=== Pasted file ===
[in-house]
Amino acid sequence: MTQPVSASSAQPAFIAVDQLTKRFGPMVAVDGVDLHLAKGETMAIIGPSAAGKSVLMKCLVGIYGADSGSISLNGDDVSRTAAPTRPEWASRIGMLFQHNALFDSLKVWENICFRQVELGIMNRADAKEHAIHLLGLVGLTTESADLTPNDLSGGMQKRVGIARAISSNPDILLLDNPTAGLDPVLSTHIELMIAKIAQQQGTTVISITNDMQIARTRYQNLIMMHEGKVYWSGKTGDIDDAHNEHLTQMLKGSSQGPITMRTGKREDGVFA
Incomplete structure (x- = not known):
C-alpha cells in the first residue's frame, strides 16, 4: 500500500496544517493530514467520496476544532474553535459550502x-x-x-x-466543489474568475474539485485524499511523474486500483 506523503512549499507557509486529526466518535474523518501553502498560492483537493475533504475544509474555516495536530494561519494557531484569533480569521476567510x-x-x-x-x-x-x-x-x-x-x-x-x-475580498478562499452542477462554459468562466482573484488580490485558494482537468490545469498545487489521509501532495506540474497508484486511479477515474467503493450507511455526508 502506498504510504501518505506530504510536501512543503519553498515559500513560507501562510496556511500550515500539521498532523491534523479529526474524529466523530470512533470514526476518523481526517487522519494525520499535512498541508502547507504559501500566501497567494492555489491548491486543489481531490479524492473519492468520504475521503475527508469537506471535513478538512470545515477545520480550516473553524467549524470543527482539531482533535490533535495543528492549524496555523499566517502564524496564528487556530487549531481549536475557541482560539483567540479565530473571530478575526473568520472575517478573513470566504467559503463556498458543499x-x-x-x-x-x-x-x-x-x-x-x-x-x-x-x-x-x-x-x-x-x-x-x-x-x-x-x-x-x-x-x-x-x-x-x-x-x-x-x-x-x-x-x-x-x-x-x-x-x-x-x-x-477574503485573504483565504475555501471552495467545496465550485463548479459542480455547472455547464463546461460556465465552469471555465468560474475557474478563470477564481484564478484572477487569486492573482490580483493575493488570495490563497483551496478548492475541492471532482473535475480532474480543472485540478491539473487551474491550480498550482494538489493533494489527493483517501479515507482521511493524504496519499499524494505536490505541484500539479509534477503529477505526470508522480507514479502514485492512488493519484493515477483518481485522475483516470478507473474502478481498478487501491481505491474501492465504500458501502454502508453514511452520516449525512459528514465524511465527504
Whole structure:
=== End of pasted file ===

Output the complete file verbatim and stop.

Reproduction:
[in-house]
Amino acid sequence: MTQPVSASSAQPAFIAVDQLTKRFGPMVAVDGVDLHLAKGETMAIIGPSAAGKSVLMKCLVGIYGADSGSISLNGDDVSRTAAPTRPEWASRIGMLFQHNALFDSLKVWENICFRQVELGIMNRADAKEHAIHLLGLVGLTTESADLTPNDLSGGMQKRVGIARAISSNPDILLLDNPTAGLDPVLSTHIELMIAKIAQQQGTTVISITNDMQIARTRYQNLIMMHEGKVYWSGKTGDIDDAHNEHLTQMLKGSSQGPITMRTGKREDGVFA
Incomplete structure (x- = not known):
C-alpha cells in the first residue's frame, strides 16, 4: 500500500496544517493530514467520496476544532474553535459550502x-x-x-x-466543489474568475474539485485524499511523474486500483 506523503512549499507557509486529526466518535474523518501553502498560492483537493475533504475544509474555516495536530494561519494557531484569533480569521476567510x-x-x-x-x-x-x-x-x-x-x-x-x-475580498478562499452542477462554459468562466482573484488580490485558494482537468490545469498545487489521509501532495506540474497508484486511479477515474467503493450507511455526508 502506498504510504501518505506530504510536501512543503519553498515559500513560507501562510496556511500550515500539521498532523491534523479529526474524529466523530470512533470514526476518523481526517487522519494525520499535512498541508502547507504559501500566501497567494492555489491548491486543489481531490479524492473519492468520504475521503475527508469537506471535513478538512470545515477545520480550516473553524467549524470543527482539531482533535490533535495543528492549524496555523499566517502564524496564528487556530487549531481549536475557541482560539483567540479565530473571530478575526473568520472575517478573513470566504467559503463556498458543499x-x-x-x-x-x-x-x-x-x-x-x-x-x-x-x-x-x-x-x-x-x-x-x-x-x-x-x-x-x-x-x-x-x-x-x-x-x-x-x-x-x-x-x-x-x-x-x-x-x-x-x-x-477574503485573504483565504475555501471552495467545496465550485463548479459542480455547472455547464463546461460556465465552469471555465468560474475557474478563470477564481484564478484572477487569486492573482490580483493575493488570495490563497483551496478548492475541492471532482473535475480532474480543472485540478491539473487551474491550480498550482494538489493533494489527493483517501479515507482521511493524504496519499499524494505536490505541484500539479509534477503529477505526470508522480507514479502514485492512488493519484493515477483518481485522475483516470478507473474502478481498478487501491481505491474501492465504500458501502454502508453514511452520516449525512459528514465524511465527504
Whole structure: